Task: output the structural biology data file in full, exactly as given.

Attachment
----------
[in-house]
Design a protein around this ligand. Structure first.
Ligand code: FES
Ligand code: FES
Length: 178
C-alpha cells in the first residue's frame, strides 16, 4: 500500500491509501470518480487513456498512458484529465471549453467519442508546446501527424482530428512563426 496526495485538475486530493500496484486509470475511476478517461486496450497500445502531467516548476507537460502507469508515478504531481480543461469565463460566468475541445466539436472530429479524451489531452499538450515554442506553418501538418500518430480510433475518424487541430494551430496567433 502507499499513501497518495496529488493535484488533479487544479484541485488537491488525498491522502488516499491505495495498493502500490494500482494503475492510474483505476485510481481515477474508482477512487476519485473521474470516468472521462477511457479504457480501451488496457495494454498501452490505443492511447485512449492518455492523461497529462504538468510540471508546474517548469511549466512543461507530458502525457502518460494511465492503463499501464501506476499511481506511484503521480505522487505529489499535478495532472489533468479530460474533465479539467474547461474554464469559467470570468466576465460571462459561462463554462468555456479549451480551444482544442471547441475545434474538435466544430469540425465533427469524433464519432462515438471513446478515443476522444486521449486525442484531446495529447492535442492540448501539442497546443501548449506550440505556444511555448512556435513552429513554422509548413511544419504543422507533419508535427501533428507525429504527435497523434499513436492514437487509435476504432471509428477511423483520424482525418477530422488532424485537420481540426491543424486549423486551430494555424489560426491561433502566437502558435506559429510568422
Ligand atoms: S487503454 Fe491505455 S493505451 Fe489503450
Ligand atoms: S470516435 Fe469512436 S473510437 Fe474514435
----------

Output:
[in-house]
Design a protein around this ligand. Structure first.
Ligand code: FES
Ligand code: FES
Length: 178
C-alpha cells in the first residue's frame, strides 16, 4: 500500500491509501470518480487513456498512458484529465471549453467519442508546446501527424482530428512563426 496526495485538475486530493500496484486509470475511476478517461486496450497500445502531467516548476507537460502507469508515478504531481480543461469565463460566468475541445466539436472530429479524451489531452499538450515554442506553418501538418500518430480510433475518424487541430494551430496567433 502507499499513501497518495496529488493535484488533479487544479484541485488537491488525498491522502488516499491505495495498493502500490494500482494503475492510474483505476485510481481515477474508482477512487476519485473521474470516468472521462477511457479504457480501451488496457495494454498501452490505443492511447485512449492518455492523461497529462504538468510540471508546474517548469511549466512543461507530458502525457502518460494511465492503463499501464501506476499511481506511484503521480505522487505529489499535478495532472489533468479530460474533465479539467474547461474554464469559467470570468466576465460571462459561462463554462468555456479549451480551444482544442471547441475545434474538435466544430469540425465533427469524433464519432462515438471513446478515443476522444486521449486525442484531446495529447492535442492540448501539442497546443501548449506550440505556444511555448512556435513552429513554422509548413511544419504543422507533419508535427501533428507525429504527435497523434499513436492514437487509435476504432471509428477511423483520424482525418477530422488532424485537420481540426491543424486549423486551430494555424489560426491561433502566437502558435506559429510568422
Ligand atoms: S487503454 Fe491505455 S493505451 Fe489503450
Ligand atoms: S470516435 Fe469512436 S473510437 Fe474514435